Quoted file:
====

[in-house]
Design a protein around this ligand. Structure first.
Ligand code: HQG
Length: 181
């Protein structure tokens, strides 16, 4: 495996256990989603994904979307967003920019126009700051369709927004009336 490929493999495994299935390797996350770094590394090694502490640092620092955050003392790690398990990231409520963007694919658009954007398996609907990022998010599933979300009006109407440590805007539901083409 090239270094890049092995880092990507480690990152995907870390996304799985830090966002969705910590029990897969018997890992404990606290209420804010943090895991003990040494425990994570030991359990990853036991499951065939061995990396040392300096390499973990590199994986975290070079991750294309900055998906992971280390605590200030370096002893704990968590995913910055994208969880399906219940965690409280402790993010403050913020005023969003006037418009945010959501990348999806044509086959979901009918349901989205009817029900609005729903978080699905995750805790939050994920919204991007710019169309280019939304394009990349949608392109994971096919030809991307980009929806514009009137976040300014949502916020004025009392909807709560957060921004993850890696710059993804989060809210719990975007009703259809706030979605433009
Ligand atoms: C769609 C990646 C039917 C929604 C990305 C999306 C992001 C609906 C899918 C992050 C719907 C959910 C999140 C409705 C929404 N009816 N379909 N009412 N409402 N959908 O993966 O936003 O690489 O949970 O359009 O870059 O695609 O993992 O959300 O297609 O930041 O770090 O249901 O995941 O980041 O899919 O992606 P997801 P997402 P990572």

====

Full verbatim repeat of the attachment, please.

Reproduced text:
[in-house]
Design a protein around this ligand. Structure first.
Ligand code: HQG
Length: 181
């Protein structure tokens, strides 16, 4: 495996256990989603994904979307967003920019126009700051369709927004009336 490929493999495994299935390797996350770094590394090694502490640092620092955050003392790690398990990231409520963007694919658009954007398996609907990022998010599933979300009006109407440590805007539901083409 090239270094890049092995880092990507480690990152995907870390996304799985830090966002969705910590029990897969018997890992404990606290209420804010943090895991003990040494425990994570030991359990990853036991499951065939061995990396040392300096390499973990590199994986975290070079991750294309900055998906992971280390605590200030370096002893704990968590995913910055994208969880399906219940965690409280402790993010403050913020005023969003006037418009945010959501990348999806044509086959979901009918349901989205009817029900609005729903978080699905995750805790939050994920919204991007710019169309280019939304394009990349949608392109994971096919030809991307980009929806514009009137976040300014949502916020004025009392909807709560957060921004993850890696710059993804989060809210719990975007009703259809706030979605433009
Ligand atoms: C769609 C990646 C039917 C929604 C990305 C999306 C992001 C609906 C899918 C992050 C719907 C959910 C999140 C409705 C929404 N009816 N379909 N009412 N409402 N959908 O993966 O936003 O690489 O949970 O359009 O870059 O695609 O993992 O959300 O297609 O930041 O770090 O249901 O995941 O980041 O899919 O992606 P997801 P997402 P990572």